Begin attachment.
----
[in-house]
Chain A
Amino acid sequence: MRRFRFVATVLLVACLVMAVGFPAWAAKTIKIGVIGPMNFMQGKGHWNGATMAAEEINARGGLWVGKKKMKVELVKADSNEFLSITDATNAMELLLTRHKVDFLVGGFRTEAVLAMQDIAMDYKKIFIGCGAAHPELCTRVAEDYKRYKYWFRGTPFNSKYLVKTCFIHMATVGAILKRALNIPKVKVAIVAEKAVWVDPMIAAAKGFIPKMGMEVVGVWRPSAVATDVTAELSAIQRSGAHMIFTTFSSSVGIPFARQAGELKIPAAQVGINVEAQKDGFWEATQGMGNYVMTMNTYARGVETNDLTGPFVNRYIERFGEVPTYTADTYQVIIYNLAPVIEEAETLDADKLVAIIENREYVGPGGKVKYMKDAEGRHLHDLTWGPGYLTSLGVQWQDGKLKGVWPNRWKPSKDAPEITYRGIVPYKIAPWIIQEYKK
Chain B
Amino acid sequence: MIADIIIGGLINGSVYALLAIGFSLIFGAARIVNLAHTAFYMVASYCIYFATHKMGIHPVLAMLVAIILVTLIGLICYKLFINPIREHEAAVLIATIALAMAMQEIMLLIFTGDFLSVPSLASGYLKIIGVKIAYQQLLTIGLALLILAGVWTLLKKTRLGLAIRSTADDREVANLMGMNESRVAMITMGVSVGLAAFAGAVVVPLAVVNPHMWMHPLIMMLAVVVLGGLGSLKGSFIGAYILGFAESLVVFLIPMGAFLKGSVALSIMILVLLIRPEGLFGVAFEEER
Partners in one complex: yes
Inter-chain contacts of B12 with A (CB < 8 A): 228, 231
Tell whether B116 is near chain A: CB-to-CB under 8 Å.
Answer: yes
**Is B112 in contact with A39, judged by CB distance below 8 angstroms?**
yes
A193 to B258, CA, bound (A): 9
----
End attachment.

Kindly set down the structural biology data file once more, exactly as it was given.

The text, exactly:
[in-house]
Chain A
Amino acid sequence: MRRFRFVATVLLVACLVMAVGFPAWAAKTIKIGVIGPMNFMQGKGHWNGATMAAEEINARGGLWVGKKKMKVELVKADSNEFLSITDATNAMELLLTRHKVDFLVGGFRTEAVLAMQDIAMDYKKIFIGCGAAHPELCTRVAEDYKRYKYWFRGTPFNSKYLVKTCFIHMATVGAILKRALNIPKVKVAIVAEKAVWVDPMIAAAKGFIPKMGMEVVGVWRPSAVATDVTAELSAIQRSGAHMIFTTFSSSVGIPFARQAGELKIPAAQVGINVEAQKDGFWEATQGMGNYVMTMNTYARGVETNDLTGPFVNRYIERFGEVPTYTADTYQVIIYNLAPVIEEAETLDADKLVAIIENREYVGPGGKVKYMKDAEGRHLHDLTWGPGYLTSLGVQWQDGKLKGVWPNRWKPSKDAPEITYRGIVPYKIAPWIIQEYKK
Chain B
Amino acid sequence: MIADIIIGGLINGSVYALLAIGFSLIFGAARIVNLAHTAFYMVASYCIYFATHKMGIHPVLAMLVAIILVTLIGLICYKLFINPIREHEAAVLIATIALAMAMQEIMLLIFTGDFLSVPSLASGYLKIIGVKIAYQQLLTIGLALLILAGVWTLLKKTRLGLAIRSTADDREVANLMGMNESRVAMITMGVSVGLAAFAGAVVVPLAVVNPHMWMHPLIMMLAVVVLGGLGSLKGSFIGAYILGFAESLVVFLIPMGAFLKGSVALSIMILVLLIRPEGLFGVAFEEER
Partners in one complex: yes
Inter-chain contacts of B12 with A (CB < 8 A): 228, 231
Tell whether B116 is near chain A: CB-to-CB under 8 Å.
Answer: yes
**Is B112 in contact with A39, judged by CB distance below 8 angstroms?**
yes
A193 to B258, CA, bound (A): 9